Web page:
SAFE OPERATIONS MEETING
A suntan may look and feel good, but the sunís rays can cause serious problems when exposure is excessive. Radiation from the sunlight damages the skin. Besides sunburn it has been known to cause various types of skin cancer, including deadly melanomas. Having tanned or naturally dark skin does not eliminate the need for protection against the sunís ultraviolet (UV) rays. The best precaution is to stay out of the sun as much as possible, but if your job requires you to be outdoors in the sun, wear sunscreen and cover your skin with a long-sleeved shirt, a neckerchief, and hat or visor.
Sunscreens can make your time in the sun safer for a longer period of time against UV rays. The American Academy of Dermatology recommends the use of the strongest sunscreen for your particular skin type. A skin protection factor (SPF) of 15 is a generic rule of thumb, with generally higher numbers for very fair-skinned people. Liberally apply sunscreen every time youíre exposed to the sun, including on cloudy or hazy days. Sunscreen should be reapplied regularly, especially when there is heavy sweating. At least every two hours is the Academyís recommendation. Keep in mind that certain medications and cosmetics may increase your sensitivity to the sun.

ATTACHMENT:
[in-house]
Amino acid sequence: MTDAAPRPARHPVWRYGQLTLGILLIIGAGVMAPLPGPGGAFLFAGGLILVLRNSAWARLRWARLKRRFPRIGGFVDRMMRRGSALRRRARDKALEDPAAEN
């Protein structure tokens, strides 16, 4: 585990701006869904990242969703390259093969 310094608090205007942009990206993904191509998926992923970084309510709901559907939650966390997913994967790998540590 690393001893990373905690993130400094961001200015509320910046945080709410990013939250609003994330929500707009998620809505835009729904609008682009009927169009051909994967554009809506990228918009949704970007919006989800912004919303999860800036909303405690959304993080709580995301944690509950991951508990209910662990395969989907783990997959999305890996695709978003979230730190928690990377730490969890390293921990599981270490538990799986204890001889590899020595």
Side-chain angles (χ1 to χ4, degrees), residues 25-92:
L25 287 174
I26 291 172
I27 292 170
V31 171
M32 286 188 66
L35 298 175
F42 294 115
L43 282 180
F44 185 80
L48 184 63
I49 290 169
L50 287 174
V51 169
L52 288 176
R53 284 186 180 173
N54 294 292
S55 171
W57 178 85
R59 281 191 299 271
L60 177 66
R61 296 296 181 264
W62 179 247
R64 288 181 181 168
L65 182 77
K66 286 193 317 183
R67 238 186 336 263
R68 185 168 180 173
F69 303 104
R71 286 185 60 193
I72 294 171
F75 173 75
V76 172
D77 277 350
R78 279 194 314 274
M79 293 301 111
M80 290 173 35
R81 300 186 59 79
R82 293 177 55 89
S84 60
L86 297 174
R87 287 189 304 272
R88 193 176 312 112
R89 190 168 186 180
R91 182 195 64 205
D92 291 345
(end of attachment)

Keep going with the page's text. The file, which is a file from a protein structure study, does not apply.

Protect your eyes from the sunís light as well. Wear sunglasses, visors, caps, or a combination. Not only is it important to protect your eyes from damaging UV rays which can lead to cataracts, but your diminished vision from squinting can present a safety hazard.
Use this attendance sign-in sheet: Sign-In Sheet